Embodiments of the present invention solve the above-described problems by providing a method, system, and apparatus that can interface legacy diagnostic modules and a standard instrumentation platform without requiring that the legacy modules be rewritten or modified. Embodiments of the invention also solve the above-described problems by providing a method, system, and apparatus for transmitting diagnostic event messages to an instrumentation platform concurrent with the execution of a diagnostic module in a manner that does not require polling of a results object to receive the event messages.

Generally described, embodiments of the invention provide an instrumentation data provider module for use within a diagnostics application program. The instrumentation data provider module interfaces legacy, or proprietary, diagnostics modules with a standard instrumentation platform. Through the instrumentation data provider module, diagnostics status messages may be translated into event messages and forwarded to the instrumentation platform. Applications that have registered with the instrumentation platform to receive the messages will then receive the messages without polling a results object. The instrumentation data provider module may also translate messages from the instrumentation platform that allow the diagnostic module to be utilized by third-party diagnostics.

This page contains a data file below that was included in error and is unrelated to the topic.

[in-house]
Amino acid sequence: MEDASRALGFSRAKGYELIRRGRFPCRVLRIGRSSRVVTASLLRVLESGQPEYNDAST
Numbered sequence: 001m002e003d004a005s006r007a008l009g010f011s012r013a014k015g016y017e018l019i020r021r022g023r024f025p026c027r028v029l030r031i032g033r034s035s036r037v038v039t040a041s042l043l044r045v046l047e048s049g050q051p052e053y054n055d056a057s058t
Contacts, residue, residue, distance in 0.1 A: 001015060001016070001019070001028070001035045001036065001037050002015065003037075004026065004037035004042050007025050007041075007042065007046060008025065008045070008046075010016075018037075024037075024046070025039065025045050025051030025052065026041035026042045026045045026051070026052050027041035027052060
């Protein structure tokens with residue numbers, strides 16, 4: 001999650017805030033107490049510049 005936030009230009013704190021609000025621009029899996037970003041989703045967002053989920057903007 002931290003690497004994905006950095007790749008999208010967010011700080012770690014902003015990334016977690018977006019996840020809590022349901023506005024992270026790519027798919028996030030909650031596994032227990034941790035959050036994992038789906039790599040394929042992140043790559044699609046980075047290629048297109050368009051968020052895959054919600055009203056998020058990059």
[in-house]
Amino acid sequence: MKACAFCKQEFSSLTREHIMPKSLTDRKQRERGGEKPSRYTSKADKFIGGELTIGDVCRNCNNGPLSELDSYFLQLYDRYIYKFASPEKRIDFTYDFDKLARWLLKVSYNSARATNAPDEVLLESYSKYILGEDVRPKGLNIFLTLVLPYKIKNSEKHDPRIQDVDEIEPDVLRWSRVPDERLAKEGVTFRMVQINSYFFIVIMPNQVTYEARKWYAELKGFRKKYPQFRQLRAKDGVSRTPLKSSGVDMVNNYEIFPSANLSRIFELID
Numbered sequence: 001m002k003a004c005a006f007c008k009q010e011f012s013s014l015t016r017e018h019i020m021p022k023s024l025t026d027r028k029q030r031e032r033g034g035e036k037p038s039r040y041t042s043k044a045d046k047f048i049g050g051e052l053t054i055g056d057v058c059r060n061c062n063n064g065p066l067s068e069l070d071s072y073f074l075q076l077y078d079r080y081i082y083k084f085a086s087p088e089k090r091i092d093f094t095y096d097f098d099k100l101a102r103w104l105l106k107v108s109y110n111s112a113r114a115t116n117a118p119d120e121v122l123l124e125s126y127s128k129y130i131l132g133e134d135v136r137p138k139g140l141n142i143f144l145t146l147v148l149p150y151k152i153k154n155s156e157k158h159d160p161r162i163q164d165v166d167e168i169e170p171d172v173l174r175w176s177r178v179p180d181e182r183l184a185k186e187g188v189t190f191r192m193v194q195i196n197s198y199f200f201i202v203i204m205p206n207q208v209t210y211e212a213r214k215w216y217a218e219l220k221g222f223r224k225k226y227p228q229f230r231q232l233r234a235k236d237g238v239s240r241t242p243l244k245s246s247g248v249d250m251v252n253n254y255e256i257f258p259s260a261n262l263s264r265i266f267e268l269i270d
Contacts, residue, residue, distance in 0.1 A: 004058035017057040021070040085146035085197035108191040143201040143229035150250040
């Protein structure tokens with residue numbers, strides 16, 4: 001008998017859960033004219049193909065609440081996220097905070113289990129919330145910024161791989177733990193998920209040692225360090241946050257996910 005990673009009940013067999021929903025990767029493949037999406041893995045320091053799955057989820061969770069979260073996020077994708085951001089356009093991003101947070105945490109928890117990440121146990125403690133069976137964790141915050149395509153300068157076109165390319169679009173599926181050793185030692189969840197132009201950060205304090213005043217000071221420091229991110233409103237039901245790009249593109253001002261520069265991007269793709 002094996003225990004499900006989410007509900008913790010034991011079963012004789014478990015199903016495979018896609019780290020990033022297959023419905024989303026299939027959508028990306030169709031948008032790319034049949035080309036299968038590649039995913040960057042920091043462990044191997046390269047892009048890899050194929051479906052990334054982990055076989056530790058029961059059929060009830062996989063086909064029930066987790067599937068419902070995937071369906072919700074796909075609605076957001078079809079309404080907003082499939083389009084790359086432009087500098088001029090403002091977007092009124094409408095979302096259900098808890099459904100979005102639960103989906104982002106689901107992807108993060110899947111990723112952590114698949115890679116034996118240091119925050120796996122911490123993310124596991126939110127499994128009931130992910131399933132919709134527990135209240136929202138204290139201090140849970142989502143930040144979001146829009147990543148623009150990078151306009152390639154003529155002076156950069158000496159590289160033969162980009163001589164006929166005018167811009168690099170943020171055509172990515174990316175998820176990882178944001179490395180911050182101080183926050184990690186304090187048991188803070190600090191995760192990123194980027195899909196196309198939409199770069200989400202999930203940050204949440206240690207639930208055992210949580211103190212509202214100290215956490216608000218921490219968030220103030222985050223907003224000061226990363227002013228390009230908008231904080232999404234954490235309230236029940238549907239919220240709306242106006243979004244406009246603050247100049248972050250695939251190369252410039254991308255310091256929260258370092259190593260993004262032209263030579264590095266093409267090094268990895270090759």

Embodiments of the present invention also provide an instrumentation data consumer module for use within a diagnostics application program. The instrumentation data consumer module interfaces a presentation layer with an instrumentation platform. Through the data consumer module, a management console or other type of management application can register for and receive events from the instrumentation platform. The data consumer module also permits a legacy console or management application to utilize third-party diagnostics modules configured for use with the instrumentation platform and not otherwise usable with the console application.

Embodiments of the invention also provide a method, system, apparatus, and computer-readable medium for reporting diagnostic event messages. Additional details regarding the various embodiments of the present invention will be described in greater detail below in the Detailed Description that follows.

BRIEF DESCRIPTION OF THE DRAWINGS

FIG. 1 is a block diagram showing an illustrative architecture for a computer utilized to practice various embodiments of the present invention;

FIG. 2 is a software architecture diagram showing an illustrative software architecture for a diagnostics application program provided according to one embodiment of the present invention;

FIG. 3 is a software architecture diagram showing aspects of an illustrative software architecture for a diagnostics application program provided according to one embodiment of the present invention;

FIG. 4 is a software architecture diagram showing an illustrative software architecture for a diagnostics application program provided according to one embodiment of the present invention;

FIG. 5 is a software architecture diagram showing the architecture of an instrumentation platform utilized in various embodiments of the present invention;

FIG. 6 is a software architecture diagram showing aspects of an instrumentation data provider module provided in one embodiment of the present invention;

FIG. 7 is a software architecture diagram showing aspects of data consumer module provided in one embodiment of the present invention;